Until a few months ago, it seemed a sure thing that casinos would be open in Tokyo by the time the Olympics rolled around in 2020. For years now, a group of lawmakers have been working to legalize gambling resorts in Japan, and Tokyo was considered the ideal place for them thanks to the capital's ease of access to foreign tourists and the relative affluence of its residents. It was former Tokyo Gov. Shintaro Ishihara who first proposed it back in 1999 when he invited Diet members to a special promotional event he had set up in the Tokyo Metropolitan Government Building, complete with slot machines. His successor, Naoki Inose, was also quick to jump on the casino bandwagon.

But not Inose's successor, Yoichi Masuzoe, who assumed the post in February. Asahi Shimbun has characterized Masuzoe's approach as "cautious," but he seems pretty determined to keep casinos out of the capital. Earlier this year, the Tokyo Metropolitan Government leased a large tract of public land on the waterfront to BMW for a test-drive course and showroom, land that had previously been set aside for an integrated resort that included a casino. When the metropolitan government was reorganized in July, the division that was nominally in charge of the casino plan was practically made irrelevant.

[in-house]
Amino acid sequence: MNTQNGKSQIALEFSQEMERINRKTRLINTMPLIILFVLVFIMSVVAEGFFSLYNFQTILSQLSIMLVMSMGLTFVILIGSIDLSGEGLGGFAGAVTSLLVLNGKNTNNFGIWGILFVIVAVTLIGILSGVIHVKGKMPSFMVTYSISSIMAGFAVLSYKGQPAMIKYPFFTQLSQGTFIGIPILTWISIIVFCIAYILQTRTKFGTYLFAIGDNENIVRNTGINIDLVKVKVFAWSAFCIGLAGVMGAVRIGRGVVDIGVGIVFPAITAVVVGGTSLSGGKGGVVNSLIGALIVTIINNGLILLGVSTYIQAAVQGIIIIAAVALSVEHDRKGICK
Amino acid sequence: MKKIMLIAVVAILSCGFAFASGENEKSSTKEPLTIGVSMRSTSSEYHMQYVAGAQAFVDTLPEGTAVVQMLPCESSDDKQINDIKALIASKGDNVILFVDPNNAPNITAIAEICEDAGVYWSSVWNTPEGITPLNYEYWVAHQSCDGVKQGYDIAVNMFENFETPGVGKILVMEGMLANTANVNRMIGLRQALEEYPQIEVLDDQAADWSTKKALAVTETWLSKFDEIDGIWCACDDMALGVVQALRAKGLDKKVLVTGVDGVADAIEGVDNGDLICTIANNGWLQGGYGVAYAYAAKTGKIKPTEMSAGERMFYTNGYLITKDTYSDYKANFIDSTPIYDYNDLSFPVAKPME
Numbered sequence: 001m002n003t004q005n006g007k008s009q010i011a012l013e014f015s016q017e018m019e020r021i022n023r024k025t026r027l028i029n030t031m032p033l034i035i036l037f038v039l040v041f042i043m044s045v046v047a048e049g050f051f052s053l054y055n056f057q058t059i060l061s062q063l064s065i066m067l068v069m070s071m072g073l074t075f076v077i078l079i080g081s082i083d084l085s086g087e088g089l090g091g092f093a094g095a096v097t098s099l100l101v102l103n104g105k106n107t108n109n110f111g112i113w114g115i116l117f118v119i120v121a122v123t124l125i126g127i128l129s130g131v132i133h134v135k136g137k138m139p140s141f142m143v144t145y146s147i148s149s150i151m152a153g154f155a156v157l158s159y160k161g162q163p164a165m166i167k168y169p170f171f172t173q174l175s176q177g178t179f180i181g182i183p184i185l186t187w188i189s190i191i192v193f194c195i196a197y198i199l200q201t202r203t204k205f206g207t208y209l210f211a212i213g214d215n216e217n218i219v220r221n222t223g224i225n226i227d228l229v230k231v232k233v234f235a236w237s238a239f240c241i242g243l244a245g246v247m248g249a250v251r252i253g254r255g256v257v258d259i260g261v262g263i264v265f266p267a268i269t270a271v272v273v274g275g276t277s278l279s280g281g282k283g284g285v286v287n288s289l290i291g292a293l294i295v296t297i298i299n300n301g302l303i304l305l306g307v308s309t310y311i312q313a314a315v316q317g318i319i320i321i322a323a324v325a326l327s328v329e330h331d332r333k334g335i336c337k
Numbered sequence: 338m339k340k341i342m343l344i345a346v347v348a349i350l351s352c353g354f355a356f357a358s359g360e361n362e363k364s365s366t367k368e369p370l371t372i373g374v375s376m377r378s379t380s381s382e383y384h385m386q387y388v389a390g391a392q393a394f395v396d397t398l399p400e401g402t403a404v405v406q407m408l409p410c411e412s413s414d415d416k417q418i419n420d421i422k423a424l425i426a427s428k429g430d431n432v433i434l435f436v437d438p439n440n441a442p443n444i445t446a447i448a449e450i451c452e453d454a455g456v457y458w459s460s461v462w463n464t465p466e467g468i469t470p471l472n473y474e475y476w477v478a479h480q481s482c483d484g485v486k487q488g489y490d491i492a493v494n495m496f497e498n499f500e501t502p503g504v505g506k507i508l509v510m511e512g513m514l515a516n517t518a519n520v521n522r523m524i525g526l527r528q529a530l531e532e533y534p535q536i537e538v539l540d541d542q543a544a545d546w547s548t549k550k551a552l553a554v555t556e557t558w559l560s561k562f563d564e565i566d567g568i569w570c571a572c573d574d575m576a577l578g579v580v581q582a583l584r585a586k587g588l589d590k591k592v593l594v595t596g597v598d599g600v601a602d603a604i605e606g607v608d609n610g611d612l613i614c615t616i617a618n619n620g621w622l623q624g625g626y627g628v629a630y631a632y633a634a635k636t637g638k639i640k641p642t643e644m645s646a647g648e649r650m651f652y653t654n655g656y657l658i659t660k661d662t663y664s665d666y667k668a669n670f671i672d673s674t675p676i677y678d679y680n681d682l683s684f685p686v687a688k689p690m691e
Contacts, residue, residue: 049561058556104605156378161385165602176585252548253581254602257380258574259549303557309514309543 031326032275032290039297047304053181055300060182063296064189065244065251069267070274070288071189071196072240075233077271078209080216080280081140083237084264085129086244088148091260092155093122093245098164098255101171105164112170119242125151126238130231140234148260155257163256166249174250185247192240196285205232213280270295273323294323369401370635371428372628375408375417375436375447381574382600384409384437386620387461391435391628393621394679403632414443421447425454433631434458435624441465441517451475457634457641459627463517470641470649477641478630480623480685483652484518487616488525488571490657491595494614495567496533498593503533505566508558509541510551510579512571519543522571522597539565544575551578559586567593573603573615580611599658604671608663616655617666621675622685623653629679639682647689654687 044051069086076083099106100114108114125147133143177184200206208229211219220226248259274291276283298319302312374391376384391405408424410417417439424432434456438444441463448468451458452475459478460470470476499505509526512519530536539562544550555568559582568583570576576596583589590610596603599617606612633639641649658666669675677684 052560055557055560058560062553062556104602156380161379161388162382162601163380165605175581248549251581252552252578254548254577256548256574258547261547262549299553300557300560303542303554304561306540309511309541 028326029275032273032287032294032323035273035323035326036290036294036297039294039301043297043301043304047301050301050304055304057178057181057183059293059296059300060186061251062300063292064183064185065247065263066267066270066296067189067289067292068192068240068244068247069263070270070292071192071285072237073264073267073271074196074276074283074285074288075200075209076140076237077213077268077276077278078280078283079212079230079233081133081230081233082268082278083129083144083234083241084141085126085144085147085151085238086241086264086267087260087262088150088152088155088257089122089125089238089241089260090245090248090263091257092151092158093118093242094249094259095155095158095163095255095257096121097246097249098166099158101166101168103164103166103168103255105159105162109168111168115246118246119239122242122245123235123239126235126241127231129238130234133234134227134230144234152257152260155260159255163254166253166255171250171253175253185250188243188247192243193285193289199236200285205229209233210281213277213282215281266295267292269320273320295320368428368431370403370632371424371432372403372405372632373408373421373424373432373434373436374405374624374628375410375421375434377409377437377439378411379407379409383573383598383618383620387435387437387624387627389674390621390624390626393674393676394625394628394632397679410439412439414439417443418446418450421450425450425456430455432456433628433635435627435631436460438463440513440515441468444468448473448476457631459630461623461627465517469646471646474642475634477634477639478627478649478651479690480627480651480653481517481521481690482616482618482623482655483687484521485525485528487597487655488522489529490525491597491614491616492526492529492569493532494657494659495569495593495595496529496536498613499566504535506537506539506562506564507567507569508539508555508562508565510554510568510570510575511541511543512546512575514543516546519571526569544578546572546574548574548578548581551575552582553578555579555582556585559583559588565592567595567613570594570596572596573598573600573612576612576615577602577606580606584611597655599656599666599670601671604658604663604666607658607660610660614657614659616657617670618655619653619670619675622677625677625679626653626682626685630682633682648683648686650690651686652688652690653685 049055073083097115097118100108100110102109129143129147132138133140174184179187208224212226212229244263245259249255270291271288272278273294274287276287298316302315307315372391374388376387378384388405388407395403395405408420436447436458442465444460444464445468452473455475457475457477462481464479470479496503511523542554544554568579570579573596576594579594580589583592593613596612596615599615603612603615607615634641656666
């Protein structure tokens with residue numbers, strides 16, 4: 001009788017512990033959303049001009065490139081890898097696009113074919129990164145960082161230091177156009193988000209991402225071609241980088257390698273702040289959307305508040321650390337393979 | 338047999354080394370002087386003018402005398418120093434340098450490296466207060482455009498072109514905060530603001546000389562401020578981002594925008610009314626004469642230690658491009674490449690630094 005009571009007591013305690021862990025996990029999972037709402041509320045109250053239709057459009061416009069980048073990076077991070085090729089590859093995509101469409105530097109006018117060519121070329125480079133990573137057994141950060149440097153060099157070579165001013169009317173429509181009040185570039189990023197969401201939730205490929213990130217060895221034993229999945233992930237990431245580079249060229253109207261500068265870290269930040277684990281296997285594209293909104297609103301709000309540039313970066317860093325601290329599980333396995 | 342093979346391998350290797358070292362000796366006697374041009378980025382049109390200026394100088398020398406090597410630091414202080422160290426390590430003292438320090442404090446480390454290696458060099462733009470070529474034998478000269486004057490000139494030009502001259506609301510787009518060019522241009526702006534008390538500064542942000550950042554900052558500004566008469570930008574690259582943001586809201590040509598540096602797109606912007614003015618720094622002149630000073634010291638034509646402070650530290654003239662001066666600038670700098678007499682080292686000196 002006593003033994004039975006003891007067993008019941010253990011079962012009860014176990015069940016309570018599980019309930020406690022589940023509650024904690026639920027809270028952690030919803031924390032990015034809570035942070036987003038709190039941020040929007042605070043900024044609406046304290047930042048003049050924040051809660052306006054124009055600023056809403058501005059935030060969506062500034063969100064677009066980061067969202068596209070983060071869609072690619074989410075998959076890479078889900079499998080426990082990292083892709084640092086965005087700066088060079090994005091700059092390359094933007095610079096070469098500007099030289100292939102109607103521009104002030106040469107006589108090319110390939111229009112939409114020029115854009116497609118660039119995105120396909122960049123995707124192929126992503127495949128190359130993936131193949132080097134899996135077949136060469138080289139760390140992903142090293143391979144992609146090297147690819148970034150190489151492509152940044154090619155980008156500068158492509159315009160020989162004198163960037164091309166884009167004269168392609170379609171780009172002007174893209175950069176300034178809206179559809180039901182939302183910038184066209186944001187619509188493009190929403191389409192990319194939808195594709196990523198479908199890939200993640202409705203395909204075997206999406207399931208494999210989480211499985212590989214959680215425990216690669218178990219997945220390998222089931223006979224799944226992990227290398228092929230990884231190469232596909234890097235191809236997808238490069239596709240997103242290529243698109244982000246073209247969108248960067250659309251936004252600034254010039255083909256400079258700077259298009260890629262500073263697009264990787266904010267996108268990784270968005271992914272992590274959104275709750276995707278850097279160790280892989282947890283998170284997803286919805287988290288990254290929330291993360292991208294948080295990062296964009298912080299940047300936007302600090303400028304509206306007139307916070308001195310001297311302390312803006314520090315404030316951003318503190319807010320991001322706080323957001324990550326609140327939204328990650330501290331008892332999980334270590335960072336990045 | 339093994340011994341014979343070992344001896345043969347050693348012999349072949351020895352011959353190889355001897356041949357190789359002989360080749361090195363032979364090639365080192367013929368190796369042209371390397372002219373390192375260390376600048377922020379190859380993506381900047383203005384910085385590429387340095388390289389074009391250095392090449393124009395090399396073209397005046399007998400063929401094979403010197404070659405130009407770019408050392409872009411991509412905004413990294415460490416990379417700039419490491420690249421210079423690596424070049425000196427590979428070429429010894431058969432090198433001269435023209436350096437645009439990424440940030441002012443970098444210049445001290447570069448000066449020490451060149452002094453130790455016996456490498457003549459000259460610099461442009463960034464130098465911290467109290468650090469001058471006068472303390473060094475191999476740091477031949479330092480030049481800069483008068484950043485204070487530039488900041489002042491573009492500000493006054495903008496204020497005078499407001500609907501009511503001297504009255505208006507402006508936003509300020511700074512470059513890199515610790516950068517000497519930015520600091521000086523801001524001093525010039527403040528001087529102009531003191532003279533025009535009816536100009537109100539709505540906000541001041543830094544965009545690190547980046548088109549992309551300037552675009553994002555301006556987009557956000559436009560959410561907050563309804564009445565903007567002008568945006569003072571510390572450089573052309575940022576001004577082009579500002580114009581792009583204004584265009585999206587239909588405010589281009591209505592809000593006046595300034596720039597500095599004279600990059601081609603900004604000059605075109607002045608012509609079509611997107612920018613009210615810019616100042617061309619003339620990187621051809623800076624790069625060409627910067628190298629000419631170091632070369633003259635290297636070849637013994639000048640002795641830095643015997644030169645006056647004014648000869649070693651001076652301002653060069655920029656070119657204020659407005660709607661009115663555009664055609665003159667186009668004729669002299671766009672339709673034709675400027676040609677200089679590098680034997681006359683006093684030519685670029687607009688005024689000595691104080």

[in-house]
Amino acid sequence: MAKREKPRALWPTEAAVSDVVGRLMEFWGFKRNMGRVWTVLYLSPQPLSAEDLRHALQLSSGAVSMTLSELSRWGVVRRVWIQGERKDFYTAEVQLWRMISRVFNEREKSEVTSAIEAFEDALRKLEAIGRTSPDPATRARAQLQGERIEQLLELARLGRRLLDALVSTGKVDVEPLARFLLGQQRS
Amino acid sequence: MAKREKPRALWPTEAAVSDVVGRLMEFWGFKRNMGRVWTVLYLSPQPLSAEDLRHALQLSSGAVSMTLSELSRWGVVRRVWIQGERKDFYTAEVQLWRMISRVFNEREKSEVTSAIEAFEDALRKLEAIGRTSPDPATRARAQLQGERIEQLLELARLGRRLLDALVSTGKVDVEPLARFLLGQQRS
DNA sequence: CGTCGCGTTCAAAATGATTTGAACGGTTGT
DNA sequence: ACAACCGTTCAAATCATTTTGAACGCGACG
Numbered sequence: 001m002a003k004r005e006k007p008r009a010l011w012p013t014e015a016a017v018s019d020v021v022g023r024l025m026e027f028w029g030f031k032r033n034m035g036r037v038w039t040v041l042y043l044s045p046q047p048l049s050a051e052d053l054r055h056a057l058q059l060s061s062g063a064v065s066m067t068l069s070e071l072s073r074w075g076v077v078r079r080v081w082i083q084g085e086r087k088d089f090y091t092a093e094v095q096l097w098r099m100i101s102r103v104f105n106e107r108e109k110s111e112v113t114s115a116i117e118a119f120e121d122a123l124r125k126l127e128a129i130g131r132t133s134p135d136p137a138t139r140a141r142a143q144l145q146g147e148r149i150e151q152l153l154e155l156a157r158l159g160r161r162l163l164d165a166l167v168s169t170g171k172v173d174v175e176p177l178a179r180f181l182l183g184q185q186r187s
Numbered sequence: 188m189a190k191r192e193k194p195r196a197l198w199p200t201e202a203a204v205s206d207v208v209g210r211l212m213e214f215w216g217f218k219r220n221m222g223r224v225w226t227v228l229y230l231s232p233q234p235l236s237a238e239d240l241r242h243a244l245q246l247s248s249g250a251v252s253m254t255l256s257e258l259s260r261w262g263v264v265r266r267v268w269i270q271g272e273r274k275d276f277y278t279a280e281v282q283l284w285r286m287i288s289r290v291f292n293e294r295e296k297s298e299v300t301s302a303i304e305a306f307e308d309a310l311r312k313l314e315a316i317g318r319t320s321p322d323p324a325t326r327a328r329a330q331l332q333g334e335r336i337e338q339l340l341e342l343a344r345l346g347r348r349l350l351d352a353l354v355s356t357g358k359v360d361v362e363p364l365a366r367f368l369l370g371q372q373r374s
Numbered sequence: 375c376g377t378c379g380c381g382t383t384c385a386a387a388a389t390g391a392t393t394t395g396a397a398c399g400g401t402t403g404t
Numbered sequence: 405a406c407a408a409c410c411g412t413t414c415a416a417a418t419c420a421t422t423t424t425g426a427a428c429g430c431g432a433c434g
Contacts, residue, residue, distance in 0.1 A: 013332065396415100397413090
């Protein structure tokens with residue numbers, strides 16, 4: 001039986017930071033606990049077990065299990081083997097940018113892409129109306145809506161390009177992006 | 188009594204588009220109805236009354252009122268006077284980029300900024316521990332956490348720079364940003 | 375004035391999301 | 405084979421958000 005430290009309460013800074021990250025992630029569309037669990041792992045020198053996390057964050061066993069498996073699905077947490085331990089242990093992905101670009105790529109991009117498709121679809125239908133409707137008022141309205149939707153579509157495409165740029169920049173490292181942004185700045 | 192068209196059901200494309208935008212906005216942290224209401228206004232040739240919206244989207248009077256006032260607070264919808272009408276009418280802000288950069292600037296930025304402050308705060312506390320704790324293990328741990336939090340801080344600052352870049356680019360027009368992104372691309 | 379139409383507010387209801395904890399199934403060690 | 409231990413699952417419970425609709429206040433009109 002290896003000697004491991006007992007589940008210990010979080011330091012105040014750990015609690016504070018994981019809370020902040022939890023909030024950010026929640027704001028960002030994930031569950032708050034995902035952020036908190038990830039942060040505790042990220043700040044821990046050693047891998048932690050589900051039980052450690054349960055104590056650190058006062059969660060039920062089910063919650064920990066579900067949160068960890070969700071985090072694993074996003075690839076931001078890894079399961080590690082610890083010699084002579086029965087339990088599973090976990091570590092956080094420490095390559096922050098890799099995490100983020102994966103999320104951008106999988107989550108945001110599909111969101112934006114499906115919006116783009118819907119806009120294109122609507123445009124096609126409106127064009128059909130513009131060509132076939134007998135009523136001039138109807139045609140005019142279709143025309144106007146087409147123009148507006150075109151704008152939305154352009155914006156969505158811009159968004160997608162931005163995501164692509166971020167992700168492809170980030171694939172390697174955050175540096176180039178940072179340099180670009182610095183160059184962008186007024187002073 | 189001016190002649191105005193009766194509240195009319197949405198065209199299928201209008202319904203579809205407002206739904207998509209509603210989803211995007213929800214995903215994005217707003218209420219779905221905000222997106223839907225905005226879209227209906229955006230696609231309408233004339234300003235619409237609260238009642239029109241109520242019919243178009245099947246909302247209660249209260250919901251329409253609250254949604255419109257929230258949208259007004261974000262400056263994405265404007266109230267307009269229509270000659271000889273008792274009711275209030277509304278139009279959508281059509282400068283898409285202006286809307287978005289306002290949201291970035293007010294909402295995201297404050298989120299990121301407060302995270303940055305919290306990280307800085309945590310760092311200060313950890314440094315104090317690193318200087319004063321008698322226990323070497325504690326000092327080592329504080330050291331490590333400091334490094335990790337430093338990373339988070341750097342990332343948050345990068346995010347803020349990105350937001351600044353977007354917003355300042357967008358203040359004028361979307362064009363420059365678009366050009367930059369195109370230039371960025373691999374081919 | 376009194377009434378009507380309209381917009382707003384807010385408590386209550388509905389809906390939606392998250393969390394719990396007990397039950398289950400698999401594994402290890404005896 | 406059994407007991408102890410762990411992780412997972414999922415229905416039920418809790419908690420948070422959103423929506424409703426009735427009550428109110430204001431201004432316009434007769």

However, Masuzoe's most blatant show of opposition was an Aug. 17 appearance on a Fuji TV talk show, in which he talked about not wanting casinos in Tokyo. Members of the press duly noted the choice of medium, since Fuji TV, in collaboration with Mitsui Real Estate and Kashima Construction, had submitted a casino resort plan last September to the Diet committee in charge of special economic zones, one of the pillars of Prime Minister Shinzo Abe's economic recovery plan.